Study Break: Spotlight on Pediatric Surgery

December 8, 2016

December 08, 2016


Today’s focus is on the Department of Pediatric Surgery.  Below is a summary of a conversation I had with Dr. Kevin Lally, department chair.

Dean Stoll: Your group has been a department for nearly 10 years now – tell us a little about the history of the department; how did pediatric surgery became a separate department?

Dr. Lally: We were born out of the Department of Surgery, and several factors were in play. First off, there was a critical need for pediatric specialists in the children’s hospital.  The traditional structure was not conducive to growth.  We had high Medicaid rates with very low reimbursements; pediatric specialists were needed for GME requirements at the school; there were major clinical problems in “pediatric” operating rooms.  We were losing a lot of our pediatric surgery specialists – with no growth in pediatric anesthesia, no recruitment in pediatric orthopedics, and we had lost both pediatric urology and pediatric ENT – at that time we were at risk for the last pediatric surgeons to leave. We worked with both the Department of Surgery and Children’s Memorial Hermann Hospital on the structure and formed a department in 2007.

Dean Stoll: How is it structured today?

Dr. Lally: As we’ve grown, we’ve established several distinct divisions within our department: general and thoracic pediatric surgery headed by Dr. Kuojen Tsao; pediatric acute care practitioners headed by Lisa Sansalone; pediatric neurosurgery headed by Dr. David Sandberg; pediatric plastic and craniofacial surgery headed by Dr. John Teichgraeber; pediatric cardiovascular surgery headed by Dr. William Douglas; and pediatric urology soon to be headed by Dr. Lars Cisek.  We also have pediatric subspecialists whose primary appointments are in different departments: orthopedic surgery led by Dr. Alfred Mansour; pediatric otolaryngology headed by Dr. Soham Roy; and pediatric anesthesia led by Dr. Maria Matuszczak. Our vice chair for research is Dr. Charles Cox, and the vice chair for quality is Dr. Kuojen Tsao.

Dean Stoll: Where are your clinical sites?

Dr. Lally: Our primary inpatient facilities are Children’s Memorial Hermann Hospital, LBJ General Hospital, and MD Anderson Cancer Center.  We also provide inpatient services at Woman’s Hospital, Shriner’s Hospital, Memorial Hermann Southwest, Memorial Hermann Woodlands (telemedicine), and the Methodist Hospital. Our outpatient venues include the UT Professional Building, LBJ General Hospital, Woman’s Hospital, MD Anderson Cancer Center, Memorial Hermann Memorial City, Woodlands Neurosurgery Clinic, the Methodist Hospital; emergency room: MD Anderson Cancer Center, LBJ General Hospital, Children’s Memorial Hermann Hospital, Woman’s Hospital, and Memorial Hermann Hospital The Woodlands (telemedicine).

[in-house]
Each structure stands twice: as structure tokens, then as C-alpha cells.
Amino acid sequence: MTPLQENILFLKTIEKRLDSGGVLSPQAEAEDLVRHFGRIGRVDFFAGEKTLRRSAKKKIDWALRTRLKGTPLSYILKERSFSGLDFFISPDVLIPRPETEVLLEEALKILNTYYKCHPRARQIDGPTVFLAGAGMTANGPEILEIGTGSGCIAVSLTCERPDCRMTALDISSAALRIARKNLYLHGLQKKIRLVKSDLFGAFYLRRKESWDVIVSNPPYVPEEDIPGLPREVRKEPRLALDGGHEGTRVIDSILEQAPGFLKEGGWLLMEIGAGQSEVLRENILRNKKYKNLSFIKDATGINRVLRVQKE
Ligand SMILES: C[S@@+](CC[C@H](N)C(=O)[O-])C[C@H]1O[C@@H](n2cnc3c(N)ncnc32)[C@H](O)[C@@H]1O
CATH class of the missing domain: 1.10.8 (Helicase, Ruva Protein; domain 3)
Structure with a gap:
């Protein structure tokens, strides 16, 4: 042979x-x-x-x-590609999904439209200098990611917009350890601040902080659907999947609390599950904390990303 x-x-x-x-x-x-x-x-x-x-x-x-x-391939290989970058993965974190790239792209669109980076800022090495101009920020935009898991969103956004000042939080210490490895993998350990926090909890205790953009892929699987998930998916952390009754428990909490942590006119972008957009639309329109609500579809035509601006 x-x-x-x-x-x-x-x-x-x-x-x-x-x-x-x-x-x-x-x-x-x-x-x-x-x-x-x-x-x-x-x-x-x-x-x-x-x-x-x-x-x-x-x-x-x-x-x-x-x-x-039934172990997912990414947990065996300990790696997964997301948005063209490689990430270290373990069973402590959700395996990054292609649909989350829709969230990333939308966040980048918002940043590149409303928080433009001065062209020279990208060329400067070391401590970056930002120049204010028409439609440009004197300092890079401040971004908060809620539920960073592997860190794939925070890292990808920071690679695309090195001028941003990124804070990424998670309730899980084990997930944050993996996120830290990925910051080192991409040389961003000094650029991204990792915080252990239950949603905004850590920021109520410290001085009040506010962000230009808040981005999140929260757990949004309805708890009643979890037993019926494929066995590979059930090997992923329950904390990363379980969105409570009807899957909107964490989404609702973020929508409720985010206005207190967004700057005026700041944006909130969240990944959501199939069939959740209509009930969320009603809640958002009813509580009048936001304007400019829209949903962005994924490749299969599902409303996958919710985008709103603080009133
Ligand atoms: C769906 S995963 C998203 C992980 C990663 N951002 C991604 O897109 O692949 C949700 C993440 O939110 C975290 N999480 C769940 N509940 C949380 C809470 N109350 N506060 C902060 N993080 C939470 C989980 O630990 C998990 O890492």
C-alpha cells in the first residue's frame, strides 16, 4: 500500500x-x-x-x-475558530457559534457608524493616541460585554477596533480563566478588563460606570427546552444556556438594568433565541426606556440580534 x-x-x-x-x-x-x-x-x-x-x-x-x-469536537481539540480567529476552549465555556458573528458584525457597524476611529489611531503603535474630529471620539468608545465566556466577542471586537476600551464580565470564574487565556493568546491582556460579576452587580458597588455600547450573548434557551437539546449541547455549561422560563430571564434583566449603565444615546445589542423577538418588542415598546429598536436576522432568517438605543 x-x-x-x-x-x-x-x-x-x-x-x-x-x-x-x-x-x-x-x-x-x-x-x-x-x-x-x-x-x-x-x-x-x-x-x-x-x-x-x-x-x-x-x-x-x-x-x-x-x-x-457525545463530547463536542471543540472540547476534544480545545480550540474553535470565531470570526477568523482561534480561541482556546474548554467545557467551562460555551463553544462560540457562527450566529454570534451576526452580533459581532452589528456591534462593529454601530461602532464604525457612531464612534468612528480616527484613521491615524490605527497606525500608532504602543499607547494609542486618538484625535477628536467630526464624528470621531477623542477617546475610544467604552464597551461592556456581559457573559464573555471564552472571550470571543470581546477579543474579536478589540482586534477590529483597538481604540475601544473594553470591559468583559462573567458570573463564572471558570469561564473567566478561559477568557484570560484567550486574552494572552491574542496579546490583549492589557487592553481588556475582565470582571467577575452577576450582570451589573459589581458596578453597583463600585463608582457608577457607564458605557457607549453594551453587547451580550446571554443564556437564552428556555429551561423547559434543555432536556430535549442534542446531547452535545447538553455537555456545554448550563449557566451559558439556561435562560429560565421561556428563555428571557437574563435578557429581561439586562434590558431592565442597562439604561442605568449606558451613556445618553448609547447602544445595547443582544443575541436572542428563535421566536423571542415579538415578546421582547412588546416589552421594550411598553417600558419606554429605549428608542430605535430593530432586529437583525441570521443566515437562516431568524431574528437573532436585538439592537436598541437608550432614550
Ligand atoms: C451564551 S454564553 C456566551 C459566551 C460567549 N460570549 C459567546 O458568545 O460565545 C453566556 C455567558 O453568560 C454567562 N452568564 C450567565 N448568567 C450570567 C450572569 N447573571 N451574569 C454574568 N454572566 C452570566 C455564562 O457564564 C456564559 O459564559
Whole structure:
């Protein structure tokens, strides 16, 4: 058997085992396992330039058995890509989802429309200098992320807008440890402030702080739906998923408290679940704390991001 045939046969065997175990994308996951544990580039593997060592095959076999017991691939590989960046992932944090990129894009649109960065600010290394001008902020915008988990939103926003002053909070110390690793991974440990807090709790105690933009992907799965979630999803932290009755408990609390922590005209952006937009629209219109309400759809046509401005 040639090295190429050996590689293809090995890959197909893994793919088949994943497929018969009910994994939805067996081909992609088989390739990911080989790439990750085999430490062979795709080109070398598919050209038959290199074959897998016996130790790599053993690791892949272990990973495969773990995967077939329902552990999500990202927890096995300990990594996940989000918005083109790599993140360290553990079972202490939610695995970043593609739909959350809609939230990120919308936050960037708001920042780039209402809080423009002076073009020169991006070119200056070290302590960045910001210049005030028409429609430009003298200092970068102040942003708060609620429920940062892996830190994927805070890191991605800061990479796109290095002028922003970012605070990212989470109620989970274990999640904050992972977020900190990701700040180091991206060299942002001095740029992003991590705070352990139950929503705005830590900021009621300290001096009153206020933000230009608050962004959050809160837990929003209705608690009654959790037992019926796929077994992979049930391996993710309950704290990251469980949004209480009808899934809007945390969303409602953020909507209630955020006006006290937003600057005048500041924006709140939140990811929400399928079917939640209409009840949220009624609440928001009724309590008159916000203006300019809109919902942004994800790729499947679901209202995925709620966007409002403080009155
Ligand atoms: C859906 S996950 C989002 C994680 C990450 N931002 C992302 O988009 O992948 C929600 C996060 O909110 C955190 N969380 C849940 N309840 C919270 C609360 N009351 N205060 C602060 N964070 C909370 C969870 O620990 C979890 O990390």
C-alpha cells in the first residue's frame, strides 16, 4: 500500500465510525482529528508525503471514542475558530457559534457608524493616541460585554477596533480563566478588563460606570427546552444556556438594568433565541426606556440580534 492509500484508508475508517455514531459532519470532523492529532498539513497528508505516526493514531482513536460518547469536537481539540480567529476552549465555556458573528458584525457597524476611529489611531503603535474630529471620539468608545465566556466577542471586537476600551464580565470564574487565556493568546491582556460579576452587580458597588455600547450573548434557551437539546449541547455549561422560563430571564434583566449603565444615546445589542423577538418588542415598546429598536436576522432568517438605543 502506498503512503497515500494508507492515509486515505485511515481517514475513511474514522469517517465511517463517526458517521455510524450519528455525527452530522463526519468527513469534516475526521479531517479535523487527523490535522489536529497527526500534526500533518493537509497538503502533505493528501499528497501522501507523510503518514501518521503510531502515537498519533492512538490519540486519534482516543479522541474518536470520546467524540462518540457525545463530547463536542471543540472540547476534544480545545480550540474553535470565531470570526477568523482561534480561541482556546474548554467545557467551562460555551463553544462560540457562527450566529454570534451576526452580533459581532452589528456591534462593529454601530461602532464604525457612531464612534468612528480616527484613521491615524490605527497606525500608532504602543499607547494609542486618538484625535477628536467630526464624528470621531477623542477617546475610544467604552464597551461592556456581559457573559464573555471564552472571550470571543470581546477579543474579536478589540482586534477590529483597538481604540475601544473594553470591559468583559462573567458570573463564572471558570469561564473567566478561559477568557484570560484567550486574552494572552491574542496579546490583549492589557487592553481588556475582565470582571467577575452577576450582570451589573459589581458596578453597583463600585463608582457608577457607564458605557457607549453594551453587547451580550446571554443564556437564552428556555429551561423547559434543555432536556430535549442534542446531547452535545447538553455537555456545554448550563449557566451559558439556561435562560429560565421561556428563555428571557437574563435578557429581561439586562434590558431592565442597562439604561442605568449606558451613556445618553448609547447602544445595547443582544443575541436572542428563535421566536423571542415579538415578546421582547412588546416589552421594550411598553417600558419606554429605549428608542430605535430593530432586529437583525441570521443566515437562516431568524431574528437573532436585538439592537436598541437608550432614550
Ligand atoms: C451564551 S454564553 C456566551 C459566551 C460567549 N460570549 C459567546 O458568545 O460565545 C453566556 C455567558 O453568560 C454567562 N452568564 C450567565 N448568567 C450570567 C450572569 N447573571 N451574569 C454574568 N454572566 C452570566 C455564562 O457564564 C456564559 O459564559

Dean Stoll: Please describe some of the research programs led by Pediatric Surgery faculty.

Dr. Lally: As a chair, I am committed to nurturing a department that is active in research.  We conduct research in stroke/ischemic injury, amniotic stem cells, deformation and function, engineered diaphragm, Wharton jelly-cleft, exosomes for PHTN/CDH, cord blood studies, stem cells for traumatic brain injury, and devices such as fluid warmer, tesla pump and variable occluding device.

Dean Stoll: What does your department’s educational program include?

Dr. Lally: We teach both medical students and residents.  We have approximately 20 summer lab students in addition to teaching a core course in the third year and fourth-year electives. For the residents we offer pediatric surgery core rotations for many residencies. We also have a fellowship in Pediatric General Surgery and are about to start a fellowship in Pediatric Neurosurgery.

Dean Stoll: What is the future of your department?

Dr. Lally: We have a wonderful department that is committed to excellence in all missions of an academic medical center—outstanding patient care, education, and research.  On the research side, we are always looking for collaborators.  We have developed recent collaborations in bioengineering with faculty at Rice University.  Faculty are working on expanding tissue engineering and use of applied cellular therapies. In the clinical space, we are expanding telemedicine into home-based care and are considering expanding our coordinated community specialty clinics, as well as our multidisciplinary clinics.

Thank you, Dr. Lally, for the overview and congratulations to Dr. Kuojen Tsao, associate professor of pediatric surgery and co-director of the Fetal Center, for being awarded a $2M grant this week from the March of Dimes for the creation of the first MOD Center for Perinatal Safety.


Thank you also to all of those who joined us for our inaugural McGovern Day celebration Tuesday, Dec. 6. It was a beautiful day to unveil our new signage, thank Mrs. Kathrine McGovern and the John P. McGovern Foundation for their generosity and vision, and recognize Dr. Holger Eltzschig as our first recipient of a John P. and Kathrine G. McGovern Distinguished Chair. We can all be proud of our McGovern name and legacy.

Warm regards,



Distributed via email to all McGovern Medical School employees, students, residents, and postdoctoral fellows, Study Break is Dean Barbara J. Stoll’s update of news and items of interest. She welcomes feedback via email.

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